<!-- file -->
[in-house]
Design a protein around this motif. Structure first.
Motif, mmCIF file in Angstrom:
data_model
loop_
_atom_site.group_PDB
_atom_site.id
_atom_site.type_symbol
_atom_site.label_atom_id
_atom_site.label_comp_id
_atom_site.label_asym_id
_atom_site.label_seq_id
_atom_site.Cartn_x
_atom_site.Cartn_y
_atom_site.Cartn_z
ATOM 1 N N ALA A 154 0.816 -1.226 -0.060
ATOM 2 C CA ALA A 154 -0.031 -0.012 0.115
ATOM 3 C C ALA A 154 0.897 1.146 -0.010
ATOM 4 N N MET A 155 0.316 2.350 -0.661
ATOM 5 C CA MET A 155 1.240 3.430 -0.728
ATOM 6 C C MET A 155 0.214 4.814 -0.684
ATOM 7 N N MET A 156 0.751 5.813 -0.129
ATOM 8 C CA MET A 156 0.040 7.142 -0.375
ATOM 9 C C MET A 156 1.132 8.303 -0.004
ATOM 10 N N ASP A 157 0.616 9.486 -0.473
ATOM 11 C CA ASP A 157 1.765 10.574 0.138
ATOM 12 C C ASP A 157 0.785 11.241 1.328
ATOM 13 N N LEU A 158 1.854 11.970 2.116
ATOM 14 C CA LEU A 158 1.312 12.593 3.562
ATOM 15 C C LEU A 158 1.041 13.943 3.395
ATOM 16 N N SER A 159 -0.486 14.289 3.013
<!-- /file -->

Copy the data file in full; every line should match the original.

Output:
[in-house]
Design a protein around this motif. Structure first.
Motif, mmCIF file in Angstrom:
data_model
loop_
_atom_site.group_PDB
_atom_site.id
_atom_site.type_symbol
_atom_site.label_atom_id
_atom_site.label_comp_id
_atom_site.label_asym_id
_atom_site.label_seq_id
_atom_site.Cartn_x
_atom_site.Cartn_y
_atom_site.Cartn_z
ATOM 1 N N ALA A 154 0.816 -1.226 -0.060
ATOM 2 C CA ALA A 154 -0.031 -0.012 0.115
ATOM 3 C C ALA A 154 0.897 1.146 -0.010
ATOM 4 N N MET A 155 0.316 2.350 -0.661
ATOM 5 C CA MET A 155 1.240 3.430 -0.728
ATOM 6 C C MET A 155 0.214 4.814 -0.684
ATOM 7 N N MET A 156 0.751 5.813 -0.129
ATOM 8 C CA MET A 156 0.040 7.142 -0.375
ATOM 9 C C MET A 156 1.132 8.303 -0.004
ATOM 10 N N ASP A 157 0.616 9.486 -0.473
ATOM 11 C CA ASP A 157 1.765 10.574 0.138
ATOM 12 C C ASP A 157 0.785 11.241 1.328
ATOM 13 N N LEU A 158 1.854 11.970 2.116
ATOM 14 C CA LEU A 158 1.312 12.593 3.562
ATOM 15 C C LEU A 158 1.041 13.943 3.395
ATOM 16 N N SER A 159 -0.486 14.289 3.013